Lake Titicaca, which sits at 3,800 metres as the highest navigable lake in the world, sprawls across the borders of Bolivia and Peru. It is home to a handful of Andean people who fiercely guard their rich pre-Incan and Incan heritage with frequent celebrations, traditional clothing and their tranquil lifestyle. The lake is home to a number of Incan-ruin-dotted islands – notably the Isla de la Luna and the Isla del Sol on the Bolivian side, the latter of which we planned to visit.
The first, and most popular, town reached by most people via one rather nerve-wracking ferry crossing is Copacabana. A short three and a half hour journey from the bustling city of La Paz, it provides a number of tourist-oriented restuarants and some beautiful places to stay, among them Hostal Las Olas where we were unfortunately not able to secure a reservation.
We spent one evening in Copacabana, which proved to be enough to sample the local trout and experience some of the tourist nightlife, before organising our crossing to the Isla del Sol the following day. The island is home to over 80 ruins dating back to the Incan period, 15th Century AD. Scientists have even discovered evidence to suggest that people may have even lived on this island as far back as the third millenium BCE. Tourists often choose to take a boat to one end of the small island, and then trek to the other end the following day, taking in the spectacular history and views.
The one and a half hour crossing from Copacabana to the south side of the island didn’t disappoint, providing postcard-perfect views as the sun shone down and illuminated the massive lake a dark, sparkling blue. We were enthusiastically greeted at the dock by a 12-year-old guide, keen to show us the way to the best hostels that the small island had to offer. Young guides aren’t a rare occurence in South America, and they don’t always deliver on their promises. Somewhat sceptical, we followed the boy up the seemingly endless steps to the town itself.
In addition, lugging our heavy packs up the stone steps required a few breathers, I recommend you take a day pack to the island and leave anything you don’t need on the mainland! Much to our delight our young guide didn’t disappoint and we arrived at the foot of the Casa de la Luna, the best view on the island for $15AUD!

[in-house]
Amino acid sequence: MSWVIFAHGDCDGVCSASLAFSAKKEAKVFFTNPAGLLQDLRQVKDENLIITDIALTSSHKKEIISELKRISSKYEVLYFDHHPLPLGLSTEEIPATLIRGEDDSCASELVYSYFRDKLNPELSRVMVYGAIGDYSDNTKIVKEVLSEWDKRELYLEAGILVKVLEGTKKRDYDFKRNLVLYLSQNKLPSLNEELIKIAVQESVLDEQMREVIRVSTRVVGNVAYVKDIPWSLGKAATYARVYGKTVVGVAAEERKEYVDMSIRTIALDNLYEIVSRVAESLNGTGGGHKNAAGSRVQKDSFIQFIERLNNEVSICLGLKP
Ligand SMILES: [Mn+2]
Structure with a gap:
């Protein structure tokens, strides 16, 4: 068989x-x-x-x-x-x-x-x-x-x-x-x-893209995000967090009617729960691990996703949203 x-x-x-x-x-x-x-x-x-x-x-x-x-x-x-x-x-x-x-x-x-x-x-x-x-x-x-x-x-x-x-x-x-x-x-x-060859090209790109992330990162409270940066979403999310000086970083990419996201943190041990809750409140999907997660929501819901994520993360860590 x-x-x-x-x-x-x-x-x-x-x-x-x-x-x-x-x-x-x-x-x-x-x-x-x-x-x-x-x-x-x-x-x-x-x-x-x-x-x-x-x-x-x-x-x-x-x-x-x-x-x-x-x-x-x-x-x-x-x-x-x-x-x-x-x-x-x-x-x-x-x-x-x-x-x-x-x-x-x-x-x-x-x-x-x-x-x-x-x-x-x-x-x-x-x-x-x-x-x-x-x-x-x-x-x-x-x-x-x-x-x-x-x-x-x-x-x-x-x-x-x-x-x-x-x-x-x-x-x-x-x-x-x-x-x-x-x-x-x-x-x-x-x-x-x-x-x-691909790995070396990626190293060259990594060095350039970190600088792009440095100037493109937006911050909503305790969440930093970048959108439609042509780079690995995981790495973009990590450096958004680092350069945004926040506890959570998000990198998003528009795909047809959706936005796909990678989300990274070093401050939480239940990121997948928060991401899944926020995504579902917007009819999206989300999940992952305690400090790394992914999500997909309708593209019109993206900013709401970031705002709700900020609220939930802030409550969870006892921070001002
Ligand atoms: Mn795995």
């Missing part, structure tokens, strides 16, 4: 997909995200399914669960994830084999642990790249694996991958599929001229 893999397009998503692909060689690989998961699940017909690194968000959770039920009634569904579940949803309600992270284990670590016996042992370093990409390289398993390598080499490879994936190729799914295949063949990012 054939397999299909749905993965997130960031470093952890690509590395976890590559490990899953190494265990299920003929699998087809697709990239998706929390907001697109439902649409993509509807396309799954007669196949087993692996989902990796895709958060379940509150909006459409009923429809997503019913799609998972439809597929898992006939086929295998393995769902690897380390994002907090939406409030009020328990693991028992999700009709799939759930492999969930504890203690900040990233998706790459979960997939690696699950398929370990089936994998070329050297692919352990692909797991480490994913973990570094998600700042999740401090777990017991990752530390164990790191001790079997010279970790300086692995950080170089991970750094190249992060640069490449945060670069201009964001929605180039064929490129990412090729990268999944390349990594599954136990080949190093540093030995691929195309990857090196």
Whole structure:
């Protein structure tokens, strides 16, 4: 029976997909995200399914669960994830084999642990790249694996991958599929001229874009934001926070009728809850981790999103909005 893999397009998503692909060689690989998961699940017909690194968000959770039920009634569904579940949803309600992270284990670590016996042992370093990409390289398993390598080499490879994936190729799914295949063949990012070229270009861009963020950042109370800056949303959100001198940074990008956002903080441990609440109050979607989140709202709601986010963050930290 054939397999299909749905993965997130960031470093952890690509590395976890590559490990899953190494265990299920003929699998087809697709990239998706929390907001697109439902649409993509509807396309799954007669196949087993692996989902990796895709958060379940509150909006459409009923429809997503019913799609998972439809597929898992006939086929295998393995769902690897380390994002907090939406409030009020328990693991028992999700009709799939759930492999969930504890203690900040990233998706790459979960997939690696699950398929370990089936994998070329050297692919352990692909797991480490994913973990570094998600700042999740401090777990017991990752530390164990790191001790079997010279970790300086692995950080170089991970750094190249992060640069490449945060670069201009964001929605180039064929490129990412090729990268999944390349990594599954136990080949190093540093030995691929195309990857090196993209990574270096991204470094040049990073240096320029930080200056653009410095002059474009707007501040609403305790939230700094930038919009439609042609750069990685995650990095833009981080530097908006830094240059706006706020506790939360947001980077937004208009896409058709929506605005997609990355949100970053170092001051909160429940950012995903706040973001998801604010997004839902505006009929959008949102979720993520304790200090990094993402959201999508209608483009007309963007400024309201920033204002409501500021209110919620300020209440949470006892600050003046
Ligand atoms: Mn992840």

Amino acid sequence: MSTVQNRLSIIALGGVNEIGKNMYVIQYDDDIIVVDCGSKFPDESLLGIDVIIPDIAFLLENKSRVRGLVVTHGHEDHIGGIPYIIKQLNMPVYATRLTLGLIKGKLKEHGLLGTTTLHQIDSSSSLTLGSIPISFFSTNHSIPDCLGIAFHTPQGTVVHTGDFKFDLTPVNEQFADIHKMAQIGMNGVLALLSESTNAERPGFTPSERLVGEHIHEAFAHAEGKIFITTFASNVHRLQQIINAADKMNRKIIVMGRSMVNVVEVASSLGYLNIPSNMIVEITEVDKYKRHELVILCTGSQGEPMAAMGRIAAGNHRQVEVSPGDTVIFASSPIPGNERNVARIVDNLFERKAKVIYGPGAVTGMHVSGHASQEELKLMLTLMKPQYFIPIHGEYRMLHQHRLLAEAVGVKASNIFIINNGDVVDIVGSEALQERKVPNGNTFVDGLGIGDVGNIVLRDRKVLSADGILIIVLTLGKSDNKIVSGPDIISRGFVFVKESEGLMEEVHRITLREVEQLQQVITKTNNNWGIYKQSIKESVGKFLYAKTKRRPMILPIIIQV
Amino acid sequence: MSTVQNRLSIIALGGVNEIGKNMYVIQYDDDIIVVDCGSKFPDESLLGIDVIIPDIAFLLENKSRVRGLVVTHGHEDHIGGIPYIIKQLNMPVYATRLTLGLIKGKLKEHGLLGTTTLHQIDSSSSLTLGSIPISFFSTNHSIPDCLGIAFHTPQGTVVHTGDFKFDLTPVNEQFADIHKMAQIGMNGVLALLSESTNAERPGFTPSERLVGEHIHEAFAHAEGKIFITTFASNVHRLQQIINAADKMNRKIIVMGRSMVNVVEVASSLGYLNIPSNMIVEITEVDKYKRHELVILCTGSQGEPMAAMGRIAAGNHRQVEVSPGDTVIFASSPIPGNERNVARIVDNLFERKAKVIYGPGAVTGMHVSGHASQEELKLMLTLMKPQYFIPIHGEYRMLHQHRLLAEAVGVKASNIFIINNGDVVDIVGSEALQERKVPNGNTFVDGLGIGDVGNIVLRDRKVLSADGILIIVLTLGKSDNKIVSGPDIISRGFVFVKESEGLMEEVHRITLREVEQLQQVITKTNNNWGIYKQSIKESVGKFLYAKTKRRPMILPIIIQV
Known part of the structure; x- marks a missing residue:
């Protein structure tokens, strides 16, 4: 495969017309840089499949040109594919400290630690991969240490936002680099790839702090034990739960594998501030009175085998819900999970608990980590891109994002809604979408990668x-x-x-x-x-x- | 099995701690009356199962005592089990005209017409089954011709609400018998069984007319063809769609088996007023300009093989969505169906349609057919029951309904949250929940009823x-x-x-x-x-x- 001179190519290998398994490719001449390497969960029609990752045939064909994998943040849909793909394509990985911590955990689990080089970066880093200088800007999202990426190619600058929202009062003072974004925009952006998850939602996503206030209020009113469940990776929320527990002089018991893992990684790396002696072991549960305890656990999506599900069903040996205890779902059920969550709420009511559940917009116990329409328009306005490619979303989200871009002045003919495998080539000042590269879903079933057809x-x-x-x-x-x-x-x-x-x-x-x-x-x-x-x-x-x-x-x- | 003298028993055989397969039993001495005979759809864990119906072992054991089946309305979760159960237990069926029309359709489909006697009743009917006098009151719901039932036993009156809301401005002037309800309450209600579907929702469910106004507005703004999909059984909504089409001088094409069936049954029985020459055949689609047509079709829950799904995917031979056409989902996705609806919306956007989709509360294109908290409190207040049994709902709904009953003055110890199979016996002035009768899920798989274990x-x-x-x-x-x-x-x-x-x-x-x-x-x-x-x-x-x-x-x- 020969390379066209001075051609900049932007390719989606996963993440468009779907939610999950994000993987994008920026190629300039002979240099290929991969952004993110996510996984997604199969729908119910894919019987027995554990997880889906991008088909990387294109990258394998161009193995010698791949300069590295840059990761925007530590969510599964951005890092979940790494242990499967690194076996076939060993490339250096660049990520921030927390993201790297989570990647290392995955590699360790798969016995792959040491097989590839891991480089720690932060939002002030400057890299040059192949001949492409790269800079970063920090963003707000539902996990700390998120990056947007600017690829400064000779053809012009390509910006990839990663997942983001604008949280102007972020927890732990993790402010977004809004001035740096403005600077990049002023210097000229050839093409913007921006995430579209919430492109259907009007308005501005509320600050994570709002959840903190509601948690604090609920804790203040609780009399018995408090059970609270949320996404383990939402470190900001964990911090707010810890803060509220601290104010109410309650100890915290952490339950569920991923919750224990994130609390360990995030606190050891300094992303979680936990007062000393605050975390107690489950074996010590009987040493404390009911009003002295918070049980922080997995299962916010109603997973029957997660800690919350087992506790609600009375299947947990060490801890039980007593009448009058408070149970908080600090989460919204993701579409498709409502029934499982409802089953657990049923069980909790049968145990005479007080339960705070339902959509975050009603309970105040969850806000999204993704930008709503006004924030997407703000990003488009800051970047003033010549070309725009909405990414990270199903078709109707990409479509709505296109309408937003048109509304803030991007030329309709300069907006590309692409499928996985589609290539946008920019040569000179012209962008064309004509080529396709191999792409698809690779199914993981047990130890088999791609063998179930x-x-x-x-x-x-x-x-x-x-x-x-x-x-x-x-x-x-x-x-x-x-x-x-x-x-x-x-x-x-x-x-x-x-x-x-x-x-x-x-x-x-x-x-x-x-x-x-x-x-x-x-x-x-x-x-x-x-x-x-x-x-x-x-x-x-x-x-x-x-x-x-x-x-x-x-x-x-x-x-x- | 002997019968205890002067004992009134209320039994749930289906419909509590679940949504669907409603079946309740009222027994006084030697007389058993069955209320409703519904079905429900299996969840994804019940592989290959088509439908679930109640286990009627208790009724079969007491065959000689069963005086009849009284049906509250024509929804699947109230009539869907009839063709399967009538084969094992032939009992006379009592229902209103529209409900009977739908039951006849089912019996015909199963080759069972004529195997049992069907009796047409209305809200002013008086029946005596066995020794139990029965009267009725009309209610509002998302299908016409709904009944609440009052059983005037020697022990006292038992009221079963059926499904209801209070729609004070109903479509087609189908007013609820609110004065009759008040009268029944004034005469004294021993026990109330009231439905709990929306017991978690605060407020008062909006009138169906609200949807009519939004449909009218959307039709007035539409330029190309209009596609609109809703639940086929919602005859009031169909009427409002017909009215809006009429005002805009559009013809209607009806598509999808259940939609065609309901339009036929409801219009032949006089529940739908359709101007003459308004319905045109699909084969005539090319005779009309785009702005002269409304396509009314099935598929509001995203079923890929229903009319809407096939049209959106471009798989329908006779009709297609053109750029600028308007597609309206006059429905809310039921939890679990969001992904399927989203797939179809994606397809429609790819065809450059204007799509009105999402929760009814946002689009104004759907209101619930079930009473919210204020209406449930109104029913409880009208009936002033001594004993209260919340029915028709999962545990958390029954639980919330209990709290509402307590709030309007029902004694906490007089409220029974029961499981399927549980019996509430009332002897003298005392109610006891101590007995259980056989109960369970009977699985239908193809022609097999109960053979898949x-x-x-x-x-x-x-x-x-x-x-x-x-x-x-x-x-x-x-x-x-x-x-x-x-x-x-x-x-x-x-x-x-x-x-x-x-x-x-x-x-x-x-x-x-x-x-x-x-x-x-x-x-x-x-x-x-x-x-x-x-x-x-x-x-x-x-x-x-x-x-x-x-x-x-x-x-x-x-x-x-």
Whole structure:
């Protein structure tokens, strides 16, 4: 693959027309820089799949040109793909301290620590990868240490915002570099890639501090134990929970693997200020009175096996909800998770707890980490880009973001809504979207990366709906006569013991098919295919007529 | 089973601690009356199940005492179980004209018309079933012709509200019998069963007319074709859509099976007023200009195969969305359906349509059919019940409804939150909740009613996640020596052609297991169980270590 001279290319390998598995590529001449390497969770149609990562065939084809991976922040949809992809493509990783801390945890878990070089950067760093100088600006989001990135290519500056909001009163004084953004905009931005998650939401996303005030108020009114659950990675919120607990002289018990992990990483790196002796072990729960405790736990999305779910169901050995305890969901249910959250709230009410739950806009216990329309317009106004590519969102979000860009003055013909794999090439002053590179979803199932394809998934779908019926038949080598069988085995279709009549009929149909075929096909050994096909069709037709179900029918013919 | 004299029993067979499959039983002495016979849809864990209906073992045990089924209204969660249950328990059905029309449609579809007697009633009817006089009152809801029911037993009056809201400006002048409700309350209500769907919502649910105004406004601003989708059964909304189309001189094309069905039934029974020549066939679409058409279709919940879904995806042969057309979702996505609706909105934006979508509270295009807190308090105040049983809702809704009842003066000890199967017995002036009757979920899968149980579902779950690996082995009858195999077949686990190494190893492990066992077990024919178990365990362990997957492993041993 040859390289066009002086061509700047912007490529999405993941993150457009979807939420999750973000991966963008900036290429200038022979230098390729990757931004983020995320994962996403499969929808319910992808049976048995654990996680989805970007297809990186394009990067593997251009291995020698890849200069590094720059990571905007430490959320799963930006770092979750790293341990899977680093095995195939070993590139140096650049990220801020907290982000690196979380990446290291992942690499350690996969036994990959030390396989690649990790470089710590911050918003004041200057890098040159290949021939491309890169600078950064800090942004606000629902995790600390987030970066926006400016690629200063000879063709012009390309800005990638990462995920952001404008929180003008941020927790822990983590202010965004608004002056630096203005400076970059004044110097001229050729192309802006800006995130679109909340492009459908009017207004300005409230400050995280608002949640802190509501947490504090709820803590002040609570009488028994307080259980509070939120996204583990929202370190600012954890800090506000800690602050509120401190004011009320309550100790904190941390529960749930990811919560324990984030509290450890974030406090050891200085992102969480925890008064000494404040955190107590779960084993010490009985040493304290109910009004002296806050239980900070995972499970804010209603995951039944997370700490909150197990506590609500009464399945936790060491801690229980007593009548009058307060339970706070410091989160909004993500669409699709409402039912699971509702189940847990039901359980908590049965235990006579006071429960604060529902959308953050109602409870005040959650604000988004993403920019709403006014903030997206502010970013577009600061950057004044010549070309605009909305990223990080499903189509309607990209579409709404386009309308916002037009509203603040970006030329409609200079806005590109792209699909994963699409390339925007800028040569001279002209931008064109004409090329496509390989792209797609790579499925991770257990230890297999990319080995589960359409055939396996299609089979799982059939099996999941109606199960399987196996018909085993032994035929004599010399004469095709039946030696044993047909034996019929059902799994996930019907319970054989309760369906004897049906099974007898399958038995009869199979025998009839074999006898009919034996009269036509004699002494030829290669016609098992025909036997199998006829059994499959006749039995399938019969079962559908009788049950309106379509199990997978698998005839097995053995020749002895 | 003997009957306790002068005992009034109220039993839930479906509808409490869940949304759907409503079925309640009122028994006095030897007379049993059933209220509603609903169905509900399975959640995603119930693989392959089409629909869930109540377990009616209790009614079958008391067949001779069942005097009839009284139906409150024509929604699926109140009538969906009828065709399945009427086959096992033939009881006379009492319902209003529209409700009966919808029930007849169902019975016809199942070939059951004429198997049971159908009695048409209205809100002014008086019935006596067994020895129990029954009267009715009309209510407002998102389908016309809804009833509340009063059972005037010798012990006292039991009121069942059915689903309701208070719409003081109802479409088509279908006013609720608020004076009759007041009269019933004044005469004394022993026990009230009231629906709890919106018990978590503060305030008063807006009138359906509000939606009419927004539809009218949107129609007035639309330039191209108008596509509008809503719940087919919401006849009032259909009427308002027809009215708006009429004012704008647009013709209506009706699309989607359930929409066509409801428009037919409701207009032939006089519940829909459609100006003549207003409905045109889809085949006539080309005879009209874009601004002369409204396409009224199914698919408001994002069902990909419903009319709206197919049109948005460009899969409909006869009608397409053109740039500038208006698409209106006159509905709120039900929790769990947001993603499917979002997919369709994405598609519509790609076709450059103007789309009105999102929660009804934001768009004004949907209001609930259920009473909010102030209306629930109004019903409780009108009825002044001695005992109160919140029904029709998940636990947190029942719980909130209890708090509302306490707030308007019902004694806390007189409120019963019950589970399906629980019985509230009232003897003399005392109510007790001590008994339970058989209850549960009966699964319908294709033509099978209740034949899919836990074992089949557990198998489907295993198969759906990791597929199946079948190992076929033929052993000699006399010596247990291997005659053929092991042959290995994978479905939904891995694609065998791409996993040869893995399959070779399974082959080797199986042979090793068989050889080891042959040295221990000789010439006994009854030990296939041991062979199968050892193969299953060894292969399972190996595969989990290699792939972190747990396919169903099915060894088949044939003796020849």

Dumping our bags in the room, we stood on the balcony looking down into a nearby courtyard at the foot of the hill, packed with Bolivians in traditional costume, complete with instruments and dancing wildy. We decided to make our way down the hill and check it out. No sooner had we left our hostel’s front door, were we swept up in a crowd of dancers moving up the hill. Laughing, we decided to follow them and see where the day took us.
No less than fifteen minutes later we were being handed open beers and being herded into the back yard of a nondescript house. With the loud music and dancing still going on all around us we had no choice but to try out some moves ourselves, much to the delight of the Bolivians (and for Emily’s sake, some of the Bolivian men!) Once we had exhausted ourselves we were invited to eat with them, and plate after plate of carbohydrate-loaded food suddenly appeared from the kitchen window. Reflecting on this afternoon, it was probably one of the most unanticipated, random acts of fun and kindness I have experienced on this trip so far. Both of us gringos were thrilled to be a part of it, and yes, I think we had a bit of this feeling about us…
After we said our thanks and goodbyes, the party showed no sign of stopping, instead it seemed to intensify as the night drew on. I don’t think I’m exaggerating when I say that almost every Bolivian on the island was absolutely plastered. This was certainly great fun for them but, being an island, there was nobody left to feed the gringos! The only places open and offering food wre (luckily) our hostel and a pizzeria at the bottom of the hill. Abandoning the party, well aware of our 7km walk to the north of the island the following day, we grabbed an early night.
The pain of rising at 7am the next morning was countered by the promise of fresh coffee and a hot breakfast before we set off to walk to the island’s north. But it wasn’t to be. As if I hadn’t learned anything from being in Bolivia yet, I was mildly surprised to find nothing in the hostel kitchen but several empty beer bottles, there was no sign of our host. Following a cold shower (which also electrocuted me) we cut our losses and set off on our walk, armed with our day packs and leaving our heavy packs behind to collect later.
Despite the slow start to the day, we did manage to find some hot coffee and apples half and hour later. Refreshed, we set off eagerly through the island’s rolling hills, high above the coastline and heavy with the homely aroma of eucalyptus trees. Each brief uphill walk was rewarded with panoramic island views, with the lake stretching as far as the eye could see in every direction. Occasionally we stumbled upon interesting ruins, but unfortunately lacked a guide to explain their significance to us.
Walking from the south to the north of the island rewarded us with a steady mountain climb providing the highest, 360 degree views of the afternoon. It also gave us a birds-eye view of what appeared to be the island’s single largest collection of ruins.
Enjoy the remaining photos from this beautiful island, and don’t forget to add any comments or questions in the space below.